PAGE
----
The Assault on Public Education Is an Assault on Our Democracy

Derek W. Black’s new book, Schoolhouse Burning: Public Education and the Assault on American Democracy, chronicles the history of public education in the United States and makes the unassailable case that this cornerstone of our democracy faces serious threats that we must address head on. Professor Black kindly agreed to an interview for the Southern Education Foundation blog in which he explains how public education supports our democracy, the threats it faces today, and how to protect and strengthen this crucial American institution. 

Early in your book, you assert that dismantling public education is a threat to our democracy. Can you explain why that’s so?

 Education has long served as the foundation of our democracy. The point is to give regular people the tools to govern themselves. For that reason, the expansion of voting and public education in this country have always gone hand in hand.  Each time we expanded the ballot we also expanded or improved education. This was true at the nation’s founding, during Reconstruction in the aftermath of the Civil War, and again during the modern civil rights movement.  By the same token, when former slaveholders sought to reduce African Americans to second class citizens in the late 1800s and early 1900s, they tried to do it by restricting voting and education. So when folks attack public education today, I argue they are attacking democracy too.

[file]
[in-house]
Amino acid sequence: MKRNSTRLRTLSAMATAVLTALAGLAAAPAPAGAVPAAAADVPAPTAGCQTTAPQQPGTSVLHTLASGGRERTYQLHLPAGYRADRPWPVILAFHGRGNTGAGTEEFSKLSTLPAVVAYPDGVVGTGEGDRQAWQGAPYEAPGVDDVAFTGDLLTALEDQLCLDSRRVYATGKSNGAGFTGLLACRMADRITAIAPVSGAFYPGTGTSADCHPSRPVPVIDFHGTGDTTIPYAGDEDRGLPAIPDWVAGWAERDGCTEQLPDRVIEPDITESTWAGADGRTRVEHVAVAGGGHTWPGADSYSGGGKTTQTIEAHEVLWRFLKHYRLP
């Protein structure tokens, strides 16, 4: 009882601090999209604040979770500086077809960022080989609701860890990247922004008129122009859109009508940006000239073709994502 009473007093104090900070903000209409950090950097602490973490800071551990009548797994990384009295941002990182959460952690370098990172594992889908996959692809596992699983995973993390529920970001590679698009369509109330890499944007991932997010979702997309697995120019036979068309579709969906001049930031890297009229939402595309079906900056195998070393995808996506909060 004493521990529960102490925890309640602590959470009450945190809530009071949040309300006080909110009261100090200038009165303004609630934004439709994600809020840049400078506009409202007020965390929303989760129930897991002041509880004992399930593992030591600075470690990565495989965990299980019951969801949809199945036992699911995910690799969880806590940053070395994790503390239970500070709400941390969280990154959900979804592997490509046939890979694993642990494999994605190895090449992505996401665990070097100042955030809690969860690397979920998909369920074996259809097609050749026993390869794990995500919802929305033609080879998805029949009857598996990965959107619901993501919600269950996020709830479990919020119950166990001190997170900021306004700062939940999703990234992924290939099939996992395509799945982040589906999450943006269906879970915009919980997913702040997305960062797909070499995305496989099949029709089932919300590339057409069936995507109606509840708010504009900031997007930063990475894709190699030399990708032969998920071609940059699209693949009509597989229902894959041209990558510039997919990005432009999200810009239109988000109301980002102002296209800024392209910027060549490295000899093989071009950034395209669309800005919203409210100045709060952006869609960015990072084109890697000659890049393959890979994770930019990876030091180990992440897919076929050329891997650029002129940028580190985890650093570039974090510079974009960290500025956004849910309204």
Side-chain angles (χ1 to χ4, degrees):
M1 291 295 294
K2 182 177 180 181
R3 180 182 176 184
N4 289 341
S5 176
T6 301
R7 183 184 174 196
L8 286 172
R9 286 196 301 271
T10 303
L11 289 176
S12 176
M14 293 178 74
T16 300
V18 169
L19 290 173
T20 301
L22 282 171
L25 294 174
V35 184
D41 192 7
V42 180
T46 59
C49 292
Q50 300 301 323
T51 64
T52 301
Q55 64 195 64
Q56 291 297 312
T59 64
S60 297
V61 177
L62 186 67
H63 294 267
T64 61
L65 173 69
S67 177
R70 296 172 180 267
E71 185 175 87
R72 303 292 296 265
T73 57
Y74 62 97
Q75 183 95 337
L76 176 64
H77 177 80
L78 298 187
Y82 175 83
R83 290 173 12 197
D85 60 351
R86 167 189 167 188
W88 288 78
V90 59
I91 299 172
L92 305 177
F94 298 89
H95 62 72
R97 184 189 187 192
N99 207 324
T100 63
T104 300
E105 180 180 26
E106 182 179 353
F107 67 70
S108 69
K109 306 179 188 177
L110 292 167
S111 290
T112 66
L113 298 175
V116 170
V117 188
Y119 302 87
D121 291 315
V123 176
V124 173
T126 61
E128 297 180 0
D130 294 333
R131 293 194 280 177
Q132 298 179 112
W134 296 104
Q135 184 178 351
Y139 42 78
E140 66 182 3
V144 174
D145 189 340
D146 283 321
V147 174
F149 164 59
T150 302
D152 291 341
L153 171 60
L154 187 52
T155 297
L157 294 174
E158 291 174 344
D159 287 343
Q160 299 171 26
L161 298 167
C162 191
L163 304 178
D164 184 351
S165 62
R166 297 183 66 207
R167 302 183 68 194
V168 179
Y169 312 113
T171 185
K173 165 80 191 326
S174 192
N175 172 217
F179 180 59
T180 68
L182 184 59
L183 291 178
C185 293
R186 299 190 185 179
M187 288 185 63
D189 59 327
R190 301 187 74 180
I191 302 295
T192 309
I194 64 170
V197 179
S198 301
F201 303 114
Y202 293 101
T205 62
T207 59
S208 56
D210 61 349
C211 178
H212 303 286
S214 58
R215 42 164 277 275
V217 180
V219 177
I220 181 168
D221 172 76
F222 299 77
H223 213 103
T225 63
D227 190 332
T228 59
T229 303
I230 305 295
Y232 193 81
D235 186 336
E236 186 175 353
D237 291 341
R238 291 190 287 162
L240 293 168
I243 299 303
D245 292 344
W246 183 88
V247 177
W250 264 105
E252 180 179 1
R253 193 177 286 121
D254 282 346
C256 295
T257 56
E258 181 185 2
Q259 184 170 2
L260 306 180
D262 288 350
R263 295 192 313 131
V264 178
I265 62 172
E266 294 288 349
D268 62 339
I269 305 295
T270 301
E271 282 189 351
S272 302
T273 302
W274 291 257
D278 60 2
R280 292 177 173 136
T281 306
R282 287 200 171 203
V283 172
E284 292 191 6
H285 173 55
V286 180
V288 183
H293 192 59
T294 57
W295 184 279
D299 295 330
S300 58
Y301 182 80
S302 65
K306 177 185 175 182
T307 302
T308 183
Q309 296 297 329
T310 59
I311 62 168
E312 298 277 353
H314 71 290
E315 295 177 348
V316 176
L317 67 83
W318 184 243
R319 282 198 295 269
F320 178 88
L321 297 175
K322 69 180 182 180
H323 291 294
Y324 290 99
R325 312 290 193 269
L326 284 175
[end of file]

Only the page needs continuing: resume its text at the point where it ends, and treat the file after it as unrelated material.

It seems like public education is under greater threat than at any time in recent history. What forces have grown so strong as to be able to undermine it and why are they so strong?